(EXCESSIVE TEAR PRODUCTION IN DOGS AND CATS)
IRRITATION TO THE EYE
One of the eye’s natural responses to irritation is to produce more tears. This helps flush away any irritants that might have contaminated the eye surface. If excessive tearing is accompanied by squinting or pawing of the eye, or if the excessive tearing should occur suddenly this should be taken as an obvious sign of eye pain and veterinary attention should be sought at once. Any accompanying loss of vision should be taken as an emergency.
It is the more chronic cases that are harder to manage. Eyes can certainly become chronically irritated from viral conjunctivitis (probably the most common reason for excessive tearing in cats), from glaucoma (painful increase in eye pressure in the eye), from reaction to certain eye medications, or more commonly from eyelash or eyelid abnormalities.
Some breeds of dogs naturally have hair in their eyes and this does not cause irritation in most cases but in some cases it can. Hairs can grow from the face onto the eye and cause irritation. Eyelashes can grow at abnormal angles and rub on the eye. Eyelashes can even grow on the inner surface of the eyelids or corner of the eye and cause irritation. Often magnifying instruments are needed to discover these tiny hairs and delicate surgical procedures are needed to address them. Complicating the situation, however, is the fact that breeds that tend to have eyelid and eyelash problems also tend to be the same as those with faulty tear drainage anatomy (see below) which makes it very hard to determine which of many possible causes is to blame.
Allergy, irritating dust or smog in the air, trauma, or infection can lead to excessive tears from conjunctivitis. These problems can often be treated medically by a general practitioner. For further reading we recommend these links to other pages in our library:
NORMAL TEAR DRAINAGE
(original graphic by marvistavet.com)
Once we are certain that a painful condition is not present, we can consider that the drainage ducts of the eyes may not be normal. The normal eye is most efficient at draining tears. Looking at the inner corner of the eyelids (the side nearest the nose) one can see the pink, moist caruncle and on the eyelid margins upper and lower openings called nasolacrimal puncta. These are essentially drainage holes for tears. The puncta are the openings to small passages called canaliculi which, in turn, open into a sac called the “lacrimal sac.” The lacrimal sac drains into the nasolacrimal duct which drains tears into the nasal passages and throat. (This is why we get runny noses when we cry, why we sniffle when we cry, and why we can taste our tears when we cry).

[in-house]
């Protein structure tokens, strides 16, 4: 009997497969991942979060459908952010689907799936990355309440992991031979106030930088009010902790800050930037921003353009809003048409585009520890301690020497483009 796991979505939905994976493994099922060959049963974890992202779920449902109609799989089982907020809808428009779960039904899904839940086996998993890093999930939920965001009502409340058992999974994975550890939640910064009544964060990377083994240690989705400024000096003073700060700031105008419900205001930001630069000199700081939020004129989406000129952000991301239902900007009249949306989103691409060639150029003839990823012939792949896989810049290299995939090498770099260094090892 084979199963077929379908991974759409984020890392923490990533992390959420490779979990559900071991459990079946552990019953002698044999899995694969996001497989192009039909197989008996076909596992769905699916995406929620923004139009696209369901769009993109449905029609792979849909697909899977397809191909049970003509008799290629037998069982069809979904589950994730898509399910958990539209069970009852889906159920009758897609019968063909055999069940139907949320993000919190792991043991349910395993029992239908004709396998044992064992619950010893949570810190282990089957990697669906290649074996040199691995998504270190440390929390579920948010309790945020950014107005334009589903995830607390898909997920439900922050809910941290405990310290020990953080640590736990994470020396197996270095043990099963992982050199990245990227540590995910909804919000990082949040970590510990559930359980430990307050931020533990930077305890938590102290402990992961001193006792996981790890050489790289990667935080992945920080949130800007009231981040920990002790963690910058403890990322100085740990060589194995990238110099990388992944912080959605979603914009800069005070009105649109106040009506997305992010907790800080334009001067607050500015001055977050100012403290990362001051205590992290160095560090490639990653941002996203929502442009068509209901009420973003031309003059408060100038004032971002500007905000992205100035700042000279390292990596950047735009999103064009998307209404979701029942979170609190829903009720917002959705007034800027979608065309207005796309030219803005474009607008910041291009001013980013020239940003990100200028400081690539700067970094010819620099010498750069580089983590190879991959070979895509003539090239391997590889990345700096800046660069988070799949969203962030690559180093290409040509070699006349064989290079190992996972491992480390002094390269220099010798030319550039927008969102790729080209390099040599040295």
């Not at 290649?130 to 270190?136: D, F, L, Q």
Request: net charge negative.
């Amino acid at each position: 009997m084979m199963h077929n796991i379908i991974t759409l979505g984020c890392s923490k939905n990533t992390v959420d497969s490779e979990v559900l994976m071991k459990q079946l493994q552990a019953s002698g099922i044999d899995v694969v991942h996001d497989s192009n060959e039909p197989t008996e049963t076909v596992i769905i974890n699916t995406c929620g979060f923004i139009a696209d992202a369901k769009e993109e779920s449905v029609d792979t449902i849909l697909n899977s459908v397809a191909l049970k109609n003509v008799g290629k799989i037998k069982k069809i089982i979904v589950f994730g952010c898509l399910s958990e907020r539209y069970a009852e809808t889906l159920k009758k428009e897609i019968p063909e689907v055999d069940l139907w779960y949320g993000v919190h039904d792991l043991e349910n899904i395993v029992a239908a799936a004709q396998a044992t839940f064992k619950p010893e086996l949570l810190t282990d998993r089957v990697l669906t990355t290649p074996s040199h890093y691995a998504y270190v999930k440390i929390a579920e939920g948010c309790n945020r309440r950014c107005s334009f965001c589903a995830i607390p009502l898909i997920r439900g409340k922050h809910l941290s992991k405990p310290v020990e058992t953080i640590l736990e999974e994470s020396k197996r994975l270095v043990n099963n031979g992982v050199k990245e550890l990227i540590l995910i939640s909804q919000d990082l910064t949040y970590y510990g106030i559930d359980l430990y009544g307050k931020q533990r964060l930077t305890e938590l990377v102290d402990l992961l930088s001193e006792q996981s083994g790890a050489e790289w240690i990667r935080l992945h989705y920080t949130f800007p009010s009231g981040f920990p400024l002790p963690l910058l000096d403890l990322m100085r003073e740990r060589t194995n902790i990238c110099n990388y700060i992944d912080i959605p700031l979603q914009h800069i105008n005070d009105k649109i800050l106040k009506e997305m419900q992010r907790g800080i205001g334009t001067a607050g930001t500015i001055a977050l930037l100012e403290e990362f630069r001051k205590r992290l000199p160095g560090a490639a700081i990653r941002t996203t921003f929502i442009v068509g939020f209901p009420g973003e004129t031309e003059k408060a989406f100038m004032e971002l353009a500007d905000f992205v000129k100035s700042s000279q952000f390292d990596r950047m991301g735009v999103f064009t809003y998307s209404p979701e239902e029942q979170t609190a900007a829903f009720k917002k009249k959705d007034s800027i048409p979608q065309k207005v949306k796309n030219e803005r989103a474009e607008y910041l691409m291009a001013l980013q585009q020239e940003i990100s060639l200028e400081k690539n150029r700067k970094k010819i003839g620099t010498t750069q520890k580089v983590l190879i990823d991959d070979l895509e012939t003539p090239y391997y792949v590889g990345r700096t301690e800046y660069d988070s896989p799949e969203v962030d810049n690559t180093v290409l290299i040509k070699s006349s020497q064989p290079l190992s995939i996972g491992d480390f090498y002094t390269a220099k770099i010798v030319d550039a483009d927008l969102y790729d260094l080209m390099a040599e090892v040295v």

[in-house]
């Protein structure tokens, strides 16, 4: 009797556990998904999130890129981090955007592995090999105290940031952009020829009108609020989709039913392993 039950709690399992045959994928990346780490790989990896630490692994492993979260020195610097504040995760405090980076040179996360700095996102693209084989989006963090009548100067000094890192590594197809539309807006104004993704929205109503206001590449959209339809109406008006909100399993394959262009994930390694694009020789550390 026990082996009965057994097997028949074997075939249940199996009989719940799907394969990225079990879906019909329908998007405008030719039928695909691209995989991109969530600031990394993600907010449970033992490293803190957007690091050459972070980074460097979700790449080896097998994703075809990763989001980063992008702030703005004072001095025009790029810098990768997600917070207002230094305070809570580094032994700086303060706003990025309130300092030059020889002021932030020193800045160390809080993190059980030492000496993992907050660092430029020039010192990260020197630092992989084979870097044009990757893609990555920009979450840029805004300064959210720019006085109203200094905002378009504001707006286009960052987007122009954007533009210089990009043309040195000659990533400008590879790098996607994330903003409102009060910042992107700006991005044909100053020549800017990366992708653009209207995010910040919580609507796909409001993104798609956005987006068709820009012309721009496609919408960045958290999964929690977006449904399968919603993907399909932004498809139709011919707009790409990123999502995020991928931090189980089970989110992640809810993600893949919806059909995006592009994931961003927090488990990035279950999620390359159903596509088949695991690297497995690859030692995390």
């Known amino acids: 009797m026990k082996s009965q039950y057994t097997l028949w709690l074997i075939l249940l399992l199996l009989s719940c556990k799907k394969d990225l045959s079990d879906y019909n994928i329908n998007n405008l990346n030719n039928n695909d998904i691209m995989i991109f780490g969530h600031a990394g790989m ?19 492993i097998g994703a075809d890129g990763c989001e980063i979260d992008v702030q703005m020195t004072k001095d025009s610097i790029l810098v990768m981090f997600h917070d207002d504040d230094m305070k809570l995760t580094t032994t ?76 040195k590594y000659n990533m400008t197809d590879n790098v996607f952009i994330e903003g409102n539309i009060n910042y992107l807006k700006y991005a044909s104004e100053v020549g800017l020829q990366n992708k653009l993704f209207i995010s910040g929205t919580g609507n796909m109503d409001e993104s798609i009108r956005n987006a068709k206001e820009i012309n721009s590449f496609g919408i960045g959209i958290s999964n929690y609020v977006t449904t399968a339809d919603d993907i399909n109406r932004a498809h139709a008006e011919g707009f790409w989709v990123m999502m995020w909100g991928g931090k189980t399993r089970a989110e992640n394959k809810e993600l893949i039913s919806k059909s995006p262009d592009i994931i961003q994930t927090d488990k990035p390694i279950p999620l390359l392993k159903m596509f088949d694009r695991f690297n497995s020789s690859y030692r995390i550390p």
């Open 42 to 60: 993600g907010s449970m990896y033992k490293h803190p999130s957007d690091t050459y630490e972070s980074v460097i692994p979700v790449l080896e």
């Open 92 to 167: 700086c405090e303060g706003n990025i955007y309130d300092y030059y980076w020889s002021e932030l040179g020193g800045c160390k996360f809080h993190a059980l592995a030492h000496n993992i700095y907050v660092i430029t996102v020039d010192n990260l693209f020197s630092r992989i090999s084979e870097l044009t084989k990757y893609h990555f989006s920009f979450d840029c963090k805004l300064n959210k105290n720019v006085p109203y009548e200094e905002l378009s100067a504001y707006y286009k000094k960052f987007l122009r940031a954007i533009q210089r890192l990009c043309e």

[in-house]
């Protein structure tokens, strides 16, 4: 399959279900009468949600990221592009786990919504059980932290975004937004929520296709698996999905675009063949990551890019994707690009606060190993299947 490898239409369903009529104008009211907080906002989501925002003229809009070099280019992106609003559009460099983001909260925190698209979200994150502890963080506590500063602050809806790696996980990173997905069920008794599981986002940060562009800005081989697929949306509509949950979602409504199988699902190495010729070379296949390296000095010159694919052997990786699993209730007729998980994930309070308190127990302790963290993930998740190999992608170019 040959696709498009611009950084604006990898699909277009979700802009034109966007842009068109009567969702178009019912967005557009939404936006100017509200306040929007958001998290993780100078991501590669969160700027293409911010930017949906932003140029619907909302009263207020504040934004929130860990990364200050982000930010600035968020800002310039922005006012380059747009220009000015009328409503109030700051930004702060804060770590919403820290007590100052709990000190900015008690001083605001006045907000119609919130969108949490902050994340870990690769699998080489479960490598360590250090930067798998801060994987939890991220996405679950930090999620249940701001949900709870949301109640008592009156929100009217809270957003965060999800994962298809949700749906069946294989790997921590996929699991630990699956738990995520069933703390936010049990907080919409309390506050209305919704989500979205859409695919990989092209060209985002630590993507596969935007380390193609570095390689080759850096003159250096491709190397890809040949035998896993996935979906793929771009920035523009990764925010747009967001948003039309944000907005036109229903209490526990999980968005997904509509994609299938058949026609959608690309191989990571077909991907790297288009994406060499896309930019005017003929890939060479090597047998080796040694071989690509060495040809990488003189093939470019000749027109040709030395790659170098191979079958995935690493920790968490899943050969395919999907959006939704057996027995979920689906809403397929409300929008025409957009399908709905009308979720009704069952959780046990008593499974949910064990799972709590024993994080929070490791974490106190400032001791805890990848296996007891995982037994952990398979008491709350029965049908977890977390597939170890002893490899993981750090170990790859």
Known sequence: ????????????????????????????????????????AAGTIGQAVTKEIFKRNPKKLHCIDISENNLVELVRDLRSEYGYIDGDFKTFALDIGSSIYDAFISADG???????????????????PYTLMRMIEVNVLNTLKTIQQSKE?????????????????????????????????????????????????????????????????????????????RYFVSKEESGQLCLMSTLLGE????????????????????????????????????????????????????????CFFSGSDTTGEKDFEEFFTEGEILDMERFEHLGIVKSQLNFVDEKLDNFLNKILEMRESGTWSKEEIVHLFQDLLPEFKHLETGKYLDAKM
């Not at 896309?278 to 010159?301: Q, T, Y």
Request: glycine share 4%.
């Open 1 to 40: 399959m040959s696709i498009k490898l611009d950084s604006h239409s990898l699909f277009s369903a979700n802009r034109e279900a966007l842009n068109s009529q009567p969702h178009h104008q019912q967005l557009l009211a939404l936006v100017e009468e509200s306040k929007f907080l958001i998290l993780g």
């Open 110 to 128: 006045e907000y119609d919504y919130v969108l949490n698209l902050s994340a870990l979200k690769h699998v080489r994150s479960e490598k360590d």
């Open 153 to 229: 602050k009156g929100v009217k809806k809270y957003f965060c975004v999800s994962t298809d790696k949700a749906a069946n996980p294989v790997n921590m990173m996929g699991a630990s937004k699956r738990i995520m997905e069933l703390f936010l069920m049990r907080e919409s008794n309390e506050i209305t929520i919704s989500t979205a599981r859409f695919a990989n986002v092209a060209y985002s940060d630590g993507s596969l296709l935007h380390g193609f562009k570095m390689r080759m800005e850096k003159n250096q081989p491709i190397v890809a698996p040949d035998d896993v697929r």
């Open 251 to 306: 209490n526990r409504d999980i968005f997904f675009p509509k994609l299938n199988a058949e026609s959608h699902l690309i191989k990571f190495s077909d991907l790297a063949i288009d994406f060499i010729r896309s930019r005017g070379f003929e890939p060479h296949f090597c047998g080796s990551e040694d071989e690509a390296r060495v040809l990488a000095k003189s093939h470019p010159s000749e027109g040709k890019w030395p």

Alternatively, the eyelids may be turned inward (a condition called “entropion”) blocking the punctae and preventing drainage. Another problem may be long hair acting as a wick drawing tears from the eye to the skin, especially in breeds where hairs actually grow on the caruncle. This hair may be kept trimmed; though, if the hair is part of the nasal skin fold of a brachycephalic breed, surgery may be needed to remove or alter the skin fold.
Old infections or injuries may scar the puncta, canaliculi, or nasolacrimal ducts closed. Sometimes a vigorous flushing of saline through the ducts (performed under general anesthesia) can re-open them. Sometimes the puncta are congenitally closed (common in poodles and cocker spaniels) and can be surgically re-opened.
It is fairly easy to determine if there is a problem with drainage in a non-invasive way (sometimes called the "Jones test.") A special stain for eyes called fluorescein is dropped onto the eye and after a couple of minutes should be evident at the nostrils if the tear drainage system is intact.
If surgery is required in these delicate little drainage structures, special equipment is needed and a veterinary ophthalmologist is best consulted. For help finding an ophthalmologist for your pet visit
ADDRESSING THE STAINING
An assortment of remedies have been suggested to resolve the unsightly reddish stains that result from chronic tear drainage. Here are some comments on suggestions that we have heard:
We do not know that any of these products actually work reliably but they represent options for those who wish to attempt removal of tear staining.
Page last updated: 8/23/2015